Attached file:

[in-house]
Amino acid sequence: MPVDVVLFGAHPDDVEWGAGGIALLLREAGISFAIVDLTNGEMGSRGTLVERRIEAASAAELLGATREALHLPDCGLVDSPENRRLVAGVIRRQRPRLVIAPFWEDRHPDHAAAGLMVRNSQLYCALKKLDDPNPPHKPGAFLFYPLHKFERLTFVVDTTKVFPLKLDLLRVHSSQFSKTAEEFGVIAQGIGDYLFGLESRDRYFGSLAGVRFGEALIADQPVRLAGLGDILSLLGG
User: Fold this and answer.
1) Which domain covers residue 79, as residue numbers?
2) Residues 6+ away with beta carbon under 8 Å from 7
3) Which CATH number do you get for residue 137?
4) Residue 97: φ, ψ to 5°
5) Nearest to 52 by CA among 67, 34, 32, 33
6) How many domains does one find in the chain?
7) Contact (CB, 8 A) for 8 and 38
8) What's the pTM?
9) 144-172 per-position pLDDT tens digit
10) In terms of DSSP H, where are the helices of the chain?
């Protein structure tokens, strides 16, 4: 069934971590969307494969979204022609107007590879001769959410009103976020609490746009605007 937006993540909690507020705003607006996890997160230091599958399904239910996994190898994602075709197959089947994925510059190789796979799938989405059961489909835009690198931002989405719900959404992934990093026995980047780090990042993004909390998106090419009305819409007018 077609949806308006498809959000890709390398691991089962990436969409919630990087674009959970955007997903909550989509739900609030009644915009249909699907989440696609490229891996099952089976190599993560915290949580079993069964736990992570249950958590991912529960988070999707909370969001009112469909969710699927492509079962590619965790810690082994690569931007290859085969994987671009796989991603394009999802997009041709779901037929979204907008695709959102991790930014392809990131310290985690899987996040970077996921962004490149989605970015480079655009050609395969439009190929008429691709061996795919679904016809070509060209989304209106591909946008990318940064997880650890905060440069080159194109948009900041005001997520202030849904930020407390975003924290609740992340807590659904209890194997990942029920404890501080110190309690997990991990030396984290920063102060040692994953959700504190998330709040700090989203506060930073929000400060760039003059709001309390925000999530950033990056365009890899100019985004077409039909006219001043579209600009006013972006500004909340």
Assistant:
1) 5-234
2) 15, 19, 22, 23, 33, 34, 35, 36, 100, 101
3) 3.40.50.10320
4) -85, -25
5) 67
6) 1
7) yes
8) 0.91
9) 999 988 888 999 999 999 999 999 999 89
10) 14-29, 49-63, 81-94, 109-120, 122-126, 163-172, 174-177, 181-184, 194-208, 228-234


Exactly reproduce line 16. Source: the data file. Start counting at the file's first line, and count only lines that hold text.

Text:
1) 5-234